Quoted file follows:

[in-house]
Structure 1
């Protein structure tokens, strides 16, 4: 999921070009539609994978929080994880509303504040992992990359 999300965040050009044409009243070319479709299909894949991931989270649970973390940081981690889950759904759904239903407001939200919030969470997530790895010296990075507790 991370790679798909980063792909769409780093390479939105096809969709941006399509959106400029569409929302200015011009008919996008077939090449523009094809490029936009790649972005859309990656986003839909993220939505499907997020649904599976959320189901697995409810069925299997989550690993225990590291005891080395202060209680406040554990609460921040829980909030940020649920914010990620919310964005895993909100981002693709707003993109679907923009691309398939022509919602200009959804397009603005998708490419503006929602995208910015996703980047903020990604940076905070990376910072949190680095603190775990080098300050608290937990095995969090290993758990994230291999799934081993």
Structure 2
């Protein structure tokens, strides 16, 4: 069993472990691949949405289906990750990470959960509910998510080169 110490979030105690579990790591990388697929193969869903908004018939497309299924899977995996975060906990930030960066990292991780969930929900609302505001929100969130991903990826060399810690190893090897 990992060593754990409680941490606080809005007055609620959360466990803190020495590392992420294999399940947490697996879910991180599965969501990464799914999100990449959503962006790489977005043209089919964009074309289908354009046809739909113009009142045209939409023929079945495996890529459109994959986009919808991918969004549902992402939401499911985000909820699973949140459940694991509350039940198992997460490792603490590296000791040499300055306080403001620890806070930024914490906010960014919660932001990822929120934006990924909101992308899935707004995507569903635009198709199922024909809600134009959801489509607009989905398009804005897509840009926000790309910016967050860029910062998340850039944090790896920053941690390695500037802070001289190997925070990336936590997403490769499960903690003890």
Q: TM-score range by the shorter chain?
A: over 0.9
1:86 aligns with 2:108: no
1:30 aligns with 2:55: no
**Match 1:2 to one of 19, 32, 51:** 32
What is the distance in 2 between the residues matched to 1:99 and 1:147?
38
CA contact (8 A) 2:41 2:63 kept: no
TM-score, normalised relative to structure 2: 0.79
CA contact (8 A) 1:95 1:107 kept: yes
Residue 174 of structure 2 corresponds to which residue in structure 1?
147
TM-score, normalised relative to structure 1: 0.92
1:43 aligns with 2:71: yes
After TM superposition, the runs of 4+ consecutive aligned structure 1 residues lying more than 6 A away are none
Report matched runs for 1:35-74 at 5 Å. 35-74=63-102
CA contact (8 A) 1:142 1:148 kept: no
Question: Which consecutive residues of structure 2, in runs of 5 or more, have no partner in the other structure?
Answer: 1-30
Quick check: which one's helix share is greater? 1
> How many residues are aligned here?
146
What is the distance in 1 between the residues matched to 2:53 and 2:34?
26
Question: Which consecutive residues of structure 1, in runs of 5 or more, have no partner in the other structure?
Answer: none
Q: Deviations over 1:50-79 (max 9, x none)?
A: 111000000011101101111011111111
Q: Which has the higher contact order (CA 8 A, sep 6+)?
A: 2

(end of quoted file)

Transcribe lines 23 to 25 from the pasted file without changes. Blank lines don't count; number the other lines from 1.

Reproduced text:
Question: Which consecutive residues of structure 2, in runs of 5 or more, have no partner in the other structure?
Answer: 1-30
Quick check: which one's helix share is greater? 1